This is the famous Ivory Tower of Science, which is the necessary means to ensure to scientists a peaceful and constructive intellectual life where the quest for truth has its full opportunities of progression, protected from any harassment from the unstoppable Forces of Irrationality that reign in many places outside it.

On the other side, in these much more widespread and very popular other places dominated by the Forces of Irrationality, the expression "critical mind" is defined to mean "questioning the dogma of 2+2=4"; "open-mindedness" means an enthusiasm in examining large treaties of tens or hundreds of pages developing worldviews where 2+2 may be equal to 5, 9 or 13 (this is no exaggeration: I did read one blogger wanting to offer a new arithmetic rule where (-1).(-1)=-1 just to save us from the need to bother with complex numbers); and many more paradigm shifts are explored, such as visions of a future when mankind would have finally discovered that the Earth is flat and steady at the center of the Universe, or where pink elephants would routinely fly and thus become the main transportation means for the Third Millennium.

Such thought environments would be dangerous for the intellectual life of the true scientists, quickly transforming them into hardcore intolerant, arrogant dogmatists. But, as most of them don't naturally like to be any intolerant, arrogant dogmatists, this will naturally lead them to settle and keep developing their intellectual life in the safer, more peaceful environment of this fine and magnificent Ivory Tower of Science, moreover made quite more interesting by the abundance of magnificent intellectual treasures that their predecessors had the chance to discover, gather and expose there.

Let's illustrate some aspect of the situation through a metaphor. Imagine a mountain guide who has a large experience visiting a mountain region. He knows well all the paths in this region, all the best ways to reach the different summits, with the difficulties and risks in each path. He knows that many of summits in this mountain are quite hard to reach, and require a lot of skills, strength and training. He also has experience in guiding there many strong and healthy tourists who are used to running and climbing a lot, as they already made running and climbing visits to other mountains, and are now willing to pay a first visit to this one.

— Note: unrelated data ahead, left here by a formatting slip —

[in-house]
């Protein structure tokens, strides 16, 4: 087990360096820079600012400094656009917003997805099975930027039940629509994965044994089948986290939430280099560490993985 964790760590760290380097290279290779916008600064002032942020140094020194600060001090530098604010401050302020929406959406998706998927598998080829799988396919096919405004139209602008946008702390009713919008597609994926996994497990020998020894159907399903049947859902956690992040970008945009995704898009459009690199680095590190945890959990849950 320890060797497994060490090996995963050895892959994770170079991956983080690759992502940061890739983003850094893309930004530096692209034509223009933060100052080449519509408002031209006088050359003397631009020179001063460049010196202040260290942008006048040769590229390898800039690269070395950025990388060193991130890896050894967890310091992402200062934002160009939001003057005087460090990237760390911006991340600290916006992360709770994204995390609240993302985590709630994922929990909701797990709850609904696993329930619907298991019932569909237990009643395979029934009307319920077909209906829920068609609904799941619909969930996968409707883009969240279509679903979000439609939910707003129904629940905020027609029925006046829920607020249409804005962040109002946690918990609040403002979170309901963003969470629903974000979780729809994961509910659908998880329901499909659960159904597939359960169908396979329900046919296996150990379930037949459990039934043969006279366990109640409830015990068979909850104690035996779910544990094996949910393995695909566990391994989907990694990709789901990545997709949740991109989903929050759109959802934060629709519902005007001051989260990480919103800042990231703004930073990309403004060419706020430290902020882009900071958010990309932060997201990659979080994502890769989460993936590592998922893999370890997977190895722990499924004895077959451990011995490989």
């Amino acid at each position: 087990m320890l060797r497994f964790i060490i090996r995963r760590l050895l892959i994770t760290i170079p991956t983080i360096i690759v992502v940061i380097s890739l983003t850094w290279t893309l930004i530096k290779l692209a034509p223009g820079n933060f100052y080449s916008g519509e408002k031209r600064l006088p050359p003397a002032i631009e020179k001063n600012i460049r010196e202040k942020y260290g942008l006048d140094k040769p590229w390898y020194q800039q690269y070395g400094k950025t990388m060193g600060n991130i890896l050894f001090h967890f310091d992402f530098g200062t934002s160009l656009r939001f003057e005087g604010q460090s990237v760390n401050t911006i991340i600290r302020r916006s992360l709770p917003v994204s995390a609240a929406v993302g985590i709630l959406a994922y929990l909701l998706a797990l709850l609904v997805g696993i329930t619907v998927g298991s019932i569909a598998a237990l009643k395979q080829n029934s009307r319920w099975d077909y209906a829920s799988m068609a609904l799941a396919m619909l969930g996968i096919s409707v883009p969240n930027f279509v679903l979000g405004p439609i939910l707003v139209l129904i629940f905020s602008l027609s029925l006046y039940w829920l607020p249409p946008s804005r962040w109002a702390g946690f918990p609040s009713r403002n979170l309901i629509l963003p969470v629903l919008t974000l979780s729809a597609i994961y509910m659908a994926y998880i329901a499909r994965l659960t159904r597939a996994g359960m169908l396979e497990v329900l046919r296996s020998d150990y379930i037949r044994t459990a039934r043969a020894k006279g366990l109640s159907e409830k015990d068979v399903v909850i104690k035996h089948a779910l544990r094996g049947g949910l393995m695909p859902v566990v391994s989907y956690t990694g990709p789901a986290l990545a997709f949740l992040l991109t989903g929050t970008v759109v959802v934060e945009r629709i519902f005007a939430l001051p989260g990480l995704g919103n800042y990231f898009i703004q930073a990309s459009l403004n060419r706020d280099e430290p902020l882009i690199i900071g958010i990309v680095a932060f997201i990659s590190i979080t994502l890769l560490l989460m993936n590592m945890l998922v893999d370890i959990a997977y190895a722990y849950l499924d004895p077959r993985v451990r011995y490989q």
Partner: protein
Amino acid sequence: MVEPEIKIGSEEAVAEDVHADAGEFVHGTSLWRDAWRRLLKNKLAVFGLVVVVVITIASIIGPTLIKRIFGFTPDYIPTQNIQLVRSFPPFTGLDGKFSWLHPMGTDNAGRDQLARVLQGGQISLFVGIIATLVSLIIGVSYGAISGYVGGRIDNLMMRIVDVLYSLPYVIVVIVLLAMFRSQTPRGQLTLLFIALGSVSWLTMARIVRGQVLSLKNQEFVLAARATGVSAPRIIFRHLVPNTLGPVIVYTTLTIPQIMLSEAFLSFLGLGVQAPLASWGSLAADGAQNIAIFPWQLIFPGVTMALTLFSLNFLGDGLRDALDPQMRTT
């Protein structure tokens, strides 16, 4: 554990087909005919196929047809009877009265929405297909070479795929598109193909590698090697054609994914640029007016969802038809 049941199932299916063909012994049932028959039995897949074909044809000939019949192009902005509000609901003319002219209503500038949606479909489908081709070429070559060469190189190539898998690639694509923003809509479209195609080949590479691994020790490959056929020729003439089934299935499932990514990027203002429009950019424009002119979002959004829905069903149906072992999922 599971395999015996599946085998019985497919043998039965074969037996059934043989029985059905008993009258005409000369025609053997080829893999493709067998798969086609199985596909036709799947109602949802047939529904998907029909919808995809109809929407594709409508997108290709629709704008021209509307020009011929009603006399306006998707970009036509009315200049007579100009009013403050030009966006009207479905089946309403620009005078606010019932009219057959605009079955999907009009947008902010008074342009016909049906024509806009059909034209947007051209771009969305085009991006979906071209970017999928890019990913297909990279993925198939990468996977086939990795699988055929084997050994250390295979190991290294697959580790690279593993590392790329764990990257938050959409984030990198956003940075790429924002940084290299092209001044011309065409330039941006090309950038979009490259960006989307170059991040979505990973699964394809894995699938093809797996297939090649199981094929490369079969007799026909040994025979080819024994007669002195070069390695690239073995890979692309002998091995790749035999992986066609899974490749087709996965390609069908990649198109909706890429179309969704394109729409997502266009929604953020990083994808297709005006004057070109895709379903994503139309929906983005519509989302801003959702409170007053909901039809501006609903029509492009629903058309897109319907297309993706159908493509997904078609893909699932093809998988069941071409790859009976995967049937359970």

Then, imagine a paralyzed, epileptic person who usually cannot manage to properly go to the toilet by himself, who hears this guide talk about these mountains, paths and summits, and does not believe what the guide is telling about his experience of the mountain. So, he replies to the guide by this request: "If you are really a good guide knowing the mountain and how to go reach the summits as you say, prove me that the mountain is really as you describe ! Bring me there !".
Then, what do you think this guide should do in reply ? Should he take this man and try to carry him on his back, up to these difficult summits ? Twenty meters further, the man will have an epileptic crisis, that will make him kick the guide and fall down on the floor, then accuse him of having taken him to the wrong direction because the summits were not reached yet.